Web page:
I broke down sobbing again, filled with impotent rage and at the extreme unfairness of it all. My mind ran in circles between fixed points - helplessness, anger, fear, worry for Isaac, worry for myself. It was a never ending litany. Eventually, an untold amount of time later, a middle aged woman entered the room with a Styrofoam cup in each hand.
She set them both down and I could see black coffee in each. She pulled creamers and sugar packets from her jacket pocket and placed them on the table. She sat down and started to fix her coffee.
"Are you my lawyer?" I asked.
She raised an eyebrow at me. "Do you need one?"
I snorted. "To sue this department, for sure."
She nodded slowly. "When children are involved, we all tend to lose our heads a bit."
I stared at her. "Are you my lawyer or not?"
"Not," she said. "My name is Sondra Du Morne and I'm a social worker for the county. Specifically, I'm the worker who has been assigned to the Shelters' for the past four years."
I stared at her. "And you let that woman keep her kids after she just wanders off and abandons them? Do you have any idea how far behind in school Isaac was before he came to me? I just got a call today that his grades are honor roll, if he can maintain them! You must really, really suck at your job, lady."
She pursed her lips and let out a slow breath. "I understand you're angry. Why don't you fix a cup of coffee," she said, tilting her head toward the cup, "and we can talk"?
I rattled the handcuffs. "Because the Gestapo hasn't charged me, but they've insinuated I'm abusing Isaac. They won't let me call a lawyer, they won't release me or tell me what's going on with Isaac. I may have a concussion. We called them for help, not for this...harassment!"
Her expression softened. "I understand your position. Let me get the cuffs removed, and we'll go from there. I have news on Isaac, and -"
"Is he all right? He's had a rough damn night," I asked quickly.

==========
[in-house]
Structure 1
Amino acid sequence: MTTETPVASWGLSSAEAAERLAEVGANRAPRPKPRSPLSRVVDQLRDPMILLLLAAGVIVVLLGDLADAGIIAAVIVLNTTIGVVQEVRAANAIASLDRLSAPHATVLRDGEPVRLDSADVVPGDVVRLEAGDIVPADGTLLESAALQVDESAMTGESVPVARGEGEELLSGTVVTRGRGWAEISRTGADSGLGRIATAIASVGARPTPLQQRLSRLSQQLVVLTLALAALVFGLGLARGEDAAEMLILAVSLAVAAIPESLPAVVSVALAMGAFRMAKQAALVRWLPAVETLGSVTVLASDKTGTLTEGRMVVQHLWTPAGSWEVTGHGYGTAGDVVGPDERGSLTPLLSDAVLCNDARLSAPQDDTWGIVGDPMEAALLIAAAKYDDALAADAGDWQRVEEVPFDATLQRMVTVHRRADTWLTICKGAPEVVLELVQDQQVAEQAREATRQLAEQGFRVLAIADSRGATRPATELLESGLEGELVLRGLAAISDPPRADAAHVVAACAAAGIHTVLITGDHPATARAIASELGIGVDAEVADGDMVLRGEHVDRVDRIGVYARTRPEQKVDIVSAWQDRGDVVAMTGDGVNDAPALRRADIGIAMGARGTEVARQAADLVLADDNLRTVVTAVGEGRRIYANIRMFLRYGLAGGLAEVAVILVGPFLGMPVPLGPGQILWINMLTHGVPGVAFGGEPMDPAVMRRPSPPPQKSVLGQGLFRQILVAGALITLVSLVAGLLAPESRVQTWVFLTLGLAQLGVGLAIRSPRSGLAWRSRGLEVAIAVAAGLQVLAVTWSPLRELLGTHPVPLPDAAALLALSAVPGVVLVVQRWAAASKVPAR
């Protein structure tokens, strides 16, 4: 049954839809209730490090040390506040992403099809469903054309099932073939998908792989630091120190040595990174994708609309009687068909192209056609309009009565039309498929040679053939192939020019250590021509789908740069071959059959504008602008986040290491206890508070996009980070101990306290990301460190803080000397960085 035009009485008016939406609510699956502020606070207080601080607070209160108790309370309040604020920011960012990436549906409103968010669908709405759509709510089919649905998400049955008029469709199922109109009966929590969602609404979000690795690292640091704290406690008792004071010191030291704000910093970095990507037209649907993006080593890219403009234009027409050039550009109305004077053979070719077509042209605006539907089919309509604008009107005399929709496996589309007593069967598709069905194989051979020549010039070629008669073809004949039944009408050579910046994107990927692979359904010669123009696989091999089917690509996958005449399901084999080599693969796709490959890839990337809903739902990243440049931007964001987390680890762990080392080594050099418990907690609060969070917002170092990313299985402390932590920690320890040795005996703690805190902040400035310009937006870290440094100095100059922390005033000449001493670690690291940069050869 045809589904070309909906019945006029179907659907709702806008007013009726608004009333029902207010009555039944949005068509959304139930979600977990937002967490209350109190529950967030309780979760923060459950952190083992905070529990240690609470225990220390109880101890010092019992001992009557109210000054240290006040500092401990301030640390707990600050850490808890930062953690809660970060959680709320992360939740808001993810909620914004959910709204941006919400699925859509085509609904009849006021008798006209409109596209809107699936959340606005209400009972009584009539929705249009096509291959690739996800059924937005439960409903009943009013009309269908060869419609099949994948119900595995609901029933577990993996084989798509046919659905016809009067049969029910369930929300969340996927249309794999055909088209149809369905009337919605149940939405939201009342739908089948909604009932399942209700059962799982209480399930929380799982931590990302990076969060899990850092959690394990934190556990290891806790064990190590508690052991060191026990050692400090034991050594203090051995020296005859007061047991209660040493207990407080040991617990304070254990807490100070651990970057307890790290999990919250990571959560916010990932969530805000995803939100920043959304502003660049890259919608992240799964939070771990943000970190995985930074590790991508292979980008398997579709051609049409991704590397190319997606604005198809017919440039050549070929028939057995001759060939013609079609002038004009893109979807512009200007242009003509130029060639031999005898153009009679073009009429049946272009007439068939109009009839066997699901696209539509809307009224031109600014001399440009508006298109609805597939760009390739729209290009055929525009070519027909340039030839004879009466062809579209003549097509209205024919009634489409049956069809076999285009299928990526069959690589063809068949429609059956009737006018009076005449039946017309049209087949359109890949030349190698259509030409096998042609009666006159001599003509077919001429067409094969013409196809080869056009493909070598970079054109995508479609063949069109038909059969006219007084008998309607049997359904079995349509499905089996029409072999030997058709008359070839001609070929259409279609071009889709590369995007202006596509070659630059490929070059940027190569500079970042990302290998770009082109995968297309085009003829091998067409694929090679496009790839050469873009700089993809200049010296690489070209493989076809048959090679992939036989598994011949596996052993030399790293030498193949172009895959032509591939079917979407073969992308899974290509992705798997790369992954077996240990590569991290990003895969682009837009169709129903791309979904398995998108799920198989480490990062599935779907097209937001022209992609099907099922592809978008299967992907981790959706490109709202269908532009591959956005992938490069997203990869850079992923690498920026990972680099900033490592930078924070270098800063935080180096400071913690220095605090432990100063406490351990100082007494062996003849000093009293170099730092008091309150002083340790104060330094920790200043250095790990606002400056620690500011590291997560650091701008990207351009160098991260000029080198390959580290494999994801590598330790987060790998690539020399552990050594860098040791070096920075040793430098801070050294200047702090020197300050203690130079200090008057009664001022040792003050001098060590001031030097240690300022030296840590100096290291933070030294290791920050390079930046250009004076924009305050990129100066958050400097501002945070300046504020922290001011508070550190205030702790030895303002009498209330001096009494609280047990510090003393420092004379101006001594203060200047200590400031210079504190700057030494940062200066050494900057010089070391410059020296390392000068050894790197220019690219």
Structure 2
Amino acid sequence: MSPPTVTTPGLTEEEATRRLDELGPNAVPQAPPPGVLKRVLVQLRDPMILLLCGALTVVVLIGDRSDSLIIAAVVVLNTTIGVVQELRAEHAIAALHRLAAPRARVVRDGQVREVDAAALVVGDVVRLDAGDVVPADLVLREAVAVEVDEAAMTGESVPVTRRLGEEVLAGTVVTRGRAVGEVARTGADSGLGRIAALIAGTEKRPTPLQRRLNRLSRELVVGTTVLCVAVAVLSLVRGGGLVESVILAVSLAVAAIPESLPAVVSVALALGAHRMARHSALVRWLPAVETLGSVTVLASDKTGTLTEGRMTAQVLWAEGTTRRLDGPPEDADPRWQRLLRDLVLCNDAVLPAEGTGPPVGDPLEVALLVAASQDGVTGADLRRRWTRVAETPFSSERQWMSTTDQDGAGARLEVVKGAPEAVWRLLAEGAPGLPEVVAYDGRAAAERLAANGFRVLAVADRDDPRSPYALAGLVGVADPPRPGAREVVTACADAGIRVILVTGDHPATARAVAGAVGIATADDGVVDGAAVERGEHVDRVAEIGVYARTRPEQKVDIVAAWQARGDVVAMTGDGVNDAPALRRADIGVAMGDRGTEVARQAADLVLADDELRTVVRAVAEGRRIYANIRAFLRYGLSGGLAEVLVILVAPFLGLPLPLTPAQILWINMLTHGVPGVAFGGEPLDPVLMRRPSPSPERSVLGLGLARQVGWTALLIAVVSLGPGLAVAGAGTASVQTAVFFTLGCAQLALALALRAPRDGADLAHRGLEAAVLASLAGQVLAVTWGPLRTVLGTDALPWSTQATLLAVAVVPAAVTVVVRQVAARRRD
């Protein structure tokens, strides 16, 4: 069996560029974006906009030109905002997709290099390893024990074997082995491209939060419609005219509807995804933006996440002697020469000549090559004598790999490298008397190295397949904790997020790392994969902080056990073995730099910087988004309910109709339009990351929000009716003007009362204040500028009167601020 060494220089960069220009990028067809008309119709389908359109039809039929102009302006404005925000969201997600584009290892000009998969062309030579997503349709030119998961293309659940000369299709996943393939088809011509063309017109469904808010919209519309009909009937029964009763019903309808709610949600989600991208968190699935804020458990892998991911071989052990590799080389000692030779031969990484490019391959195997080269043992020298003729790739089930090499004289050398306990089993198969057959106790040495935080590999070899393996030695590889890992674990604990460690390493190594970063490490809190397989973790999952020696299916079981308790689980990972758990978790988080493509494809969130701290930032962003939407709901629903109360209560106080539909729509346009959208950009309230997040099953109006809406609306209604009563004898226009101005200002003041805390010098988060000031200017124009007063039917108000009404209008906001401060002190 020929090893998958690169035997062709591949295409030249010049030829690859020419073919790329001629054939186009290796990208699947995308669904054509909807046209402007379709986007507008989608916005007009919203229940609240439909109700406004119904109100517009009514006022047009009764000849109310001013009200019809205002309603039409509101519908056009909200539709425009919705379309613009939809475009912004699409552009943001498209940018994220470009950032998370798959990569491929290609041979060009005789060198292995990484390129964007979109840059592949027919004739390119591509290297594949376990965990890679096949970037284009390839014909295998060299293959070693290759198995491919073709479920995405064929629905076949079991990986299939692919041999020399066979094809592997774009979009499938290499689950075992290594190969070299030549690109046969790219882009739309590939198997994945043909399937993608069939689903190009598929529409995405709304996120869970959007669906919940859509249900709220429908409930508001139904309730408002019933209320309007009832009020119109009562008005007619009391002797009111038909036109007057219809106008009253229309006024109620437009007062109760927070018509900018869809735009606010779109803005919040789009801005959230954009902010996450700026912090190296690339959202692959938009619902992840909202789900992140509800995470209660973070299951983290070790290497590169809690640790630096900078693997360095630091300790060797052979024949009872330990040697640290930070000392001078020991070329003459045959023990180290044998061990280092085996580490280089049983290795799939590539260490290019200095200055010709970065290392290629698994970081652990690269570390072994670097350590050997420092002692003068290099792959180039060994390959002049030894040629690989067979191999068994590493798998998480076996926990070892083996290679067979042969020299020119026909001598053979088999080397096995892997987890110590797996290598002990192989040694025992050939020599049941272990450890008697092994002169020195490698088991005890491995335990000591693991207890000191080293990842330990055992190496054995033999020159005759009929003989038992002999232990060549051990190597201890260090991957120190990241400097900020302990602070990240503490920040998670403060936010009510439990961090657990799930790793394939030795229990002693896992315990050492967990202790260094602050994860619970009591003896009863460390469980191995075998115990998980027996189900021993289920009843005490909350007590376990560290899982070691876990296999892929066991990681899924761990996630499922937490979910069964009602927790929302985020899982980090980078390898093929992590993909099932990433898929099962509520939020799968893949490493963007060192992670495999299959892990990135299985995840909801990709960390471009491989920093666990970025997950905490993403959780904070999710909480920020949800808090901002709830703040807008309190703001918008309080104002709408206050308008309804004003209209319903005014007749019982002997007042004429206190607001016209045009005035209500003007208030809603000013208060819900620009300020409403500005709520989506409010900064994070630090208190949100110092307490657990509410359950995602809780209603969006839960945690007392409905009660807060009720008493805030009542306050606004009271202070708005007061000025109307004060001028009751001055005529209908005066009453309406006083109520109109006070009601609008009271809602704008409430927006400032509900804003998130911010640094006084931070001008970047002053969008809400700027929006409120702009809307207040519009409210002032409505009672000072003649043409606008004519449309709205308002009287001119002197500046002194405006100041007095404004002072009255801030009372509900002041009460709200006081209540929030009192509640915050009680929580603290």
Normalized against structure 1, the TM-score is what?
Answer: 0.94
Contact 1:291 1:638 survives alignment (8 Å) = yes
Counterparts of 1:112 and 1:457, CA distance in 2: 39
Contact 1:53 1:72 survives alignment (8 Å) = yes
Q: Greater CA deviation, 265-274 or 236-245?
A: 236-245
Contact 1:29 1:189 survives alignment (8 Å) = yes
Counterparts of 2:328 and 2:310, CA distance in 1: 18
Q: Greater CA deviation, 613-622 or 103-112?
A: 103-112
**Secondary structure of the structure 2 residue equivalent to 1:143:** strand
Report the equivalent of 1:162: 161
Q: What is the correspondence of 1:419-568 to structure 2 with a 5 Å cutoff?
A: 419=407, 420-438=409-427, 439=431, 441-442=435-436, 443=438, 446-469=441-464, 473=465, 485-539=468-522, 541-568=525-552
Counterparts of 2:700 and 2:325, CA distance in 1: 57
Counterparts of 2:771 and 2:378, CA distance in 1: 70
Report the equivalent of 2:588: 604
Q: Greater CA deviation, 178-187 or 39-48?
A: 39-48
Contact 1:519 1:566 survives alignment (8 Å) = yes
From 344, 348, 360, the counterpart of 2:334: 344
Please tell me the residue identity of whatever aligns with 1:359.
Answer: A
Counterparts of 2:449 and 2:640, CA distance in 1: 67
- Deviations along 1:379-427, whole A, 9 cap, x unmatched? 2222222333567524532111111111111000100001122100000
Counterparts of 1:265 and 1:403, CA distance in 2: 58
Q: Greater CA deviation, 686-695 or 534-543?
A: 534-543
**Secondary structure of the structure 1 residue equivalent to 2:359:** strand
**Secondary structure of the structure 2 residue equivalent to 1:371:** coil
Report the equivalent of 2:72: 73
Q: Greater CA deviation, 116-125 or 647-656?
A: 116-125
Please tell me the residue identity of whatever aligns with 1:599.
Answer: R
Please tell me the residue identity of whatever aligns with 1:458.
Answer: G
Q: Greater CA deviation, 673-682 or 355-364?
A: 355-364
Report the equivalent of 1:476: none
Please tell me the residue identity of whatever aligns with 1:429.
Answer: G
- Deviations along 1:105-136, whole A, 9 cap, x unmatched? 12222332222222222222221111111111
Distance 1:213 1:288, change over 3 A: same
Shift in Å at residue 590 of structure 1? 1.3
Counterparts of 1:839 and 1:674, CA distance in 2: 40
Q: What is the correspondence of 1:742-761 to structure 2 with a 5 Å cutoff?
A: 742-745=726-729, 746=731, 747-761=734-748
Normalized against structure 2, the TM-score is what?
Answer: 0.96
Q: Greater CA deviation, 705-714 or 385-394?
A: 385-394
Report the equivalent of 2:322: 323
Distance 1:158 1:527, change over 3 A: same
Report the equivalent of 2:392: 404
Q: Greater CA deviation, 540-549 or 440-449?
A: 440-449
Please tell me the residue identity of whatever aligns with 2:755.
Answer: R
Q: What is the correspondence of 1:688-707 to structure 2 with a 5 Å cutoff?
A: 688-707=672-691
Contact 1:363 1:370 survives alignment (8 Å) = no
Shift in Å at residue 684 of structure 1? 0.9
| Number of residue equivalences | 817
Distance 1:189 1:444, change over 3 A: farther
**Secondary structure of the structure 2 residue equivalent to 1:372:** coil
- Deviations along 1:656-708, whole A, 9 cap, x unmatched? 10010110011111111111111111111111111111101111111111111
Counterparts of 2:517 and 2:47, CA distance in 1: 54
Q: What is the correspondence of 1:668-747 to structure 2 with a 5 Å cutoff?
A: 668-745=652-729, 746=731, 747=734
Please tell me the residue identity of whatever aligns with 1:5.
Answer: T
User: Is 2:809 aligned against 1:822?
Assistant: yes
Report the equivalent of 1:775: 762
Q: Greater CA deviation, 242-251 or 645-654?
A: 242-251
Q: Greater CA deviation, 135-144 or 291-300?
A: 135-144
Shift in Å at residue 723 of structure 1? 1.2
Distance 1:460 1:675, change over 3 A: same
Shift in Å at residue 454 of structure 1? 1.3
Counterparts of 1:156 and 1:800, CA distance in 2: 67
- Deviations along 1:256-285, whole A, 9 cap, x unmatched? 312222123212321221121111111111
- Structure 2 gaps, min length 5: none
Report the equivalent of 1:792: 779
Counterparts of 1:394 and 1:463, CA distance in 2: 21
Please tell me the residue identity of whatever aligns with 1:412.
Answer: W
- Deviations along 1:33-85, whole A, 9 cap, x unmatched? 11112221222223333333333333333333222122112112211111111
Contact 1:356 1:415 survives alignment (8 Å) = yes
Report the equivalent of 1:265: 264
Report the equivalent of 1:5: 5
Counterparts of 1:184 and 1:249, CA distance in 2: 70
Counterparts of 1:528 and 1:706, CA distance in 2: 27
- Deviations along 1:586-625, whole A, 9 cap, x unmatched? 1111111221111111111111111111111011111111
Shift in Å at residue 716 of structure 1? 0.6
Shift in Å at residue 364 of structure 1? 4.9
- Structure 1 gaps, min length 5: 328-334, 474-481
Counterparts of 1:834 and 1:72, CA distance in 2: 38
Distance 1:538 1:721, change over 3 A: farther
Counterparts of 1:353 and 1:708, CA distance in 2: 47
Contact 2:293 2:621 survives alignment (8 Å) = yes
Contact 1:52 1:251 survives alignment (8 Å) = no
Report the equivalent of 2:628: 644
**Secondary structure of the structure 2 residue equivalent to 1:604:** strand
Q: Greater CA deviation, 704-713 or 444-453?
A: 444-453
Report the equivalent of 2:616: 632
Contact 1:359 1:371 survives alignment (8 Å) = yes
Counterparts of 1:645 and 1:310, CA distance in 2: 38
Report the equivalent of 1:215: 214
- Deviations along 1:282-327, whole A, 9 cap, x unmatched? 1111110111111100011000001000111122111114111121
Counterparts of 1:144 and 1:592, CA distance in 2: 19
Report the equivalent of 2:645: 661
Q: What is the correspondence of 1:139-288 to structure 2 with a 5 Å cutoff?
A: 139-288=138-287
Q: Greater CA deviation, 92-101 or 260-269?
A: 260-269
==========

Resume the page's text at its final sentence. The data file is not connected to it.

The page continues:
She leaned in and smiled. "Isaac is very well. Let me get Detective Mosher and we'll try to make some headway, all right?"
I nodded reluctantly, feeling relief at the first word of Isaac since we'd arrived and been separated. Detective Douche walked in and uncuffed me before taking a seat beside the social worker. I rubbed my wrists and glared blackly at the policeman.
"That's better," Sondra said. She let out a tired sigh. "Your questions about Mona and the family are well taken. In this state the system focuses on family reunification, which sometimes isn't the best thing for the child."
I snorted, but held my tongue.
"Even when Mona is present, she's...ineffective," Sondra said, twisting her lips to indicate displeasure. "That's really as far as I can go due to privacy laws. I want you to know that, while your night has been awful and you've been left dangling by the short hairs unfairly, it was for good reason."
I'm sure my expression let her know I wasn't buying that for an instant.
Surprisingly, she smiled at me. It was a tired, worn smile that seemed to be filled with a genuine joy. "Mr. Maddox, I see a lot of kids fail. Failed by their parents, failed by the system, failed by politicians that expect kids to be in some kind of insulated limbo while someone like me tries to help their parents pull their heads out of their asses. Of course, the child actually suffers. They develop awkwardly, and even if we do get a child freed from a bad parent, that child now has needs not every person can fulfill. They become hard to place. They act out. They get involved in dangerous things, like bartering underwear to strange men on the internet."